Yesterday, on the second anniversary of Trayvon Martin’s death, a controversial lyric from Rick Ross’ new Mastermind album, has people side eyeing him once again.
Here’s the line from his track “Black & White”:
Too close to a ni**a as a mother**king bomb
Trayvon Martin, I’m never missing my target
B*tch ni**as hating, tell me it’s what I’m parking
Wingstop owner, lend me pepper aroma
Young, black ni**a, barely got a diploma
What does this even mean? Well, according to Ross, who responded to Vibe about the lyric, it’s not anything defamatory. But from other people’s perspective, target plus Trayvon, is a gun reference.
Here is Ross’ response to the backlash:
“It’s so important that today, on the two-year anniversary of the death of Trayvon Martin, we never forget that tragedy,” Ross says in a quote emailed exclusively to VIBE. “I’m never going to let the world forget that name. In my song ‘Black and White’ off Mastermind I say, ‘Trayvon Martin, I’m never missing my target’. There I’m reminding people that if you’re a black person or a person of any color for that matter in this country, you have to be accurate, whatever moves you make, stay accurate. Even when you’re walking down the street, playing music from your car, you have to stay on point.”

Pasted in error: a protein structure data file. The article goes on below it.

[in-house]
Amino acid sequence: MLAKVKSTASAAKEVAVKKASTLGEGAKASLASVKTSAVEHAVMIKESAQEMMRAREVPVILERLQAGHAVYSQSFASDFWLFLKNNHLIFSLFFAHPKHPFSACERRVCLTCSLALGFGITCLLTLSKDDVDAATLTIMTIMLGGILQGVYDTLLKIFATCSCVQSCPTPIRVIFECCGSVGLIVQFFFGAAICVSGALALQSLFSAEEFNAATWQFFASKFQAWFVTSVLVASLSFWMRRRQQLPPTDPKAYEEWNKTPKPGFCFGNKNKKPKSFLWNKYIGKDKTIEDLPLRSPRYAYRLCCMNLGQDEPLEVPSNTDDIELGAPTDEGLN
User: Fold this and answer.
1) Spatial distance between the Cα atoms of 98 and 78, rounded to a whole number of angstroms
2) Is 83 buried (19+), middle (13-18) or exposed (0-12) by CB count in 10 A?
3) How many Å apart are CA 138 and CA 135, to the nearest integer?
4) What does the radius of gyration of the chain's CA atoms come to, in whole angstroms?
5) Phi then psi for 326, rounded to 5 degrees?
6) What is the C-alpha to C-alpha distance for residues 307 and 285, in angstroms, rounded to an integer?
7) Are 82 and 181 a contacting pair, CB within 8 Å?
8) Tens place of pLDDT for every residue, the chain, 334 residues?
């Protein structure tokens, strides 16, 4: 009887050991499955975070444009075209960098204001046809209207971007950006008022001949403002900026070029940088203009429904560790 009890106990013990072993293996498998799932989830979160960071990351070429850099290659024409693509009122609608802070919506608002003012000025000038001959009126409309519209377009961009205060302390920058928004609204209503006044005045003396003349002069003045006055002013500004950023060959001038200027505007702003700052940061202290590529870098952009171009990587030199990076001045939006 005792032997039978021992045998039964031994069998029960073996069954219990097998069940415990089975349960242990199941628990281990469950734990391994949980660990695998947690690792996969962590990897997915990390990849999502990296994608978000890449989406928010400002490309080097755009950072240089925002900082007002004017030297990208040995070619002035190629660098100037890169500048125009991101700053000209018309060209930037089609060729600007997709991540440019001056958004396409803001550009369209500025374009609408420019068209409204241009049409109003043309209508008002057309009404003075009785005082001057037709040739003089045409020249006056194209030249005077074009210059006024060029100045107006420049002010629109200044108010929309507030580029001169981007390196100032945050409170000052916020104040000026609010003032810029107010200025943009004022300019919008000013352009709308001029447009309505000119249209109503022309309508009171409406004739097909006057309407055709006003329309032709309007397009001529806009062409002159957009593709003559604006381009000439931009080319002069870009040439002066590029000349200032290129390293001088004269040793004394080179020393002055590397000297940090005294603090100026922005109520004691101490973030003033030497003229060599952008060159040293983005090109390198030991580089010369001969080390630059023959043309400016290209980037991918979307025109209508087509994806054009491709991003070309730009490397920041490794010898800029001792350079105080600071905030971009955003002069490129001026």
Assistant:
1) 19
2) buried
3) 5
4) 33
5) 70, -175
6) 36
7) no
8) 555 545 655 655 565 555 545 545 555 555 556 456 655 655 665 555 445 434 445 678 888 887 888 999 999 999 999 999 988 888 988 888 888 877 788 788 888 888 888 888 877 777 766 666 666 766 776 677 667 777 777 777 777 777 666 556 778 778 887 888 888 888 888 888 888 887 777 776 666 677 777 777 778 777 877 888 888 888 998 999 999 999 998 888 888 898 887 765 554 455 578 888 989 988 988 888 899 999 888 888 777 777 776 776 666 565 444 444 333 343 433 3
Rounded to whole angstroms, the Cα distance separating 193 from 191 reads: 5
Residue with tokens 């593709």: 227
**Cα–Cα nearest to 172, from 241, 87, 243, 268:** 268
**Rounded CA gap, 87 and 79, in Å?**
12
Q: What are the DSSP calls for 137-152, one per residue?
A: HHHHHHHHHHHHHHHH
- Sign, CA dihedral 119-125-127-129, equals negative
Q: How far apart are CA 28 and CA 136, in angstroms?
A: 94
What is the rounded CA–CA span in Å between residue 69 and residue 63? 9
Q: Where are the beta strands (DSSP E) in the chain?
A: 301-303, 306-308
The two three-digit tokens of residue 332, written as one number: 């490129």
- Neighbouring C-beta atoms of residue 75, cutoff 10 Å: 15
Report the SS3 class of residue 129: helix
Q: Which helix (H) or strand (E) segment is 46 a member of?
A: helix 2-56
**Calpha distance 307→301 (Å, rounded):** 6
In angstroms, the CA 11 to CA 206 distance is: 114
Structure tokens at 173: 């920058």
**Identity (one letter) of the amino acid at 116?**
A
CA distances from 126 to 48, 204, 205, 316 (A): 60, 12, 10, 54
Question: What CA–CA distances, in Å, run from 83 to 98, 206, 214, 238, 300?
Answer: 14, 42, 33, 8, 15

He continues: “Black men are being killed and their killers [are] beating the trial. It hasn’t been this much violence against black men since the ’60s. I am Trayvon Martin, we’re all Trayvon Martin. He was from South Florida. That could have been me or one of my homies. So, stay alert and never miss your target. Whatever that target may be. Getting out the hood, providing from your family. Stay sharp. Stay alive. Trayvon, Rest in Peace.”
You’d have to wonder how Martin’s parents feel about their son being mentioned in a rapper’s song who normally glorifies the lifestyle they wanted to shield their son away from.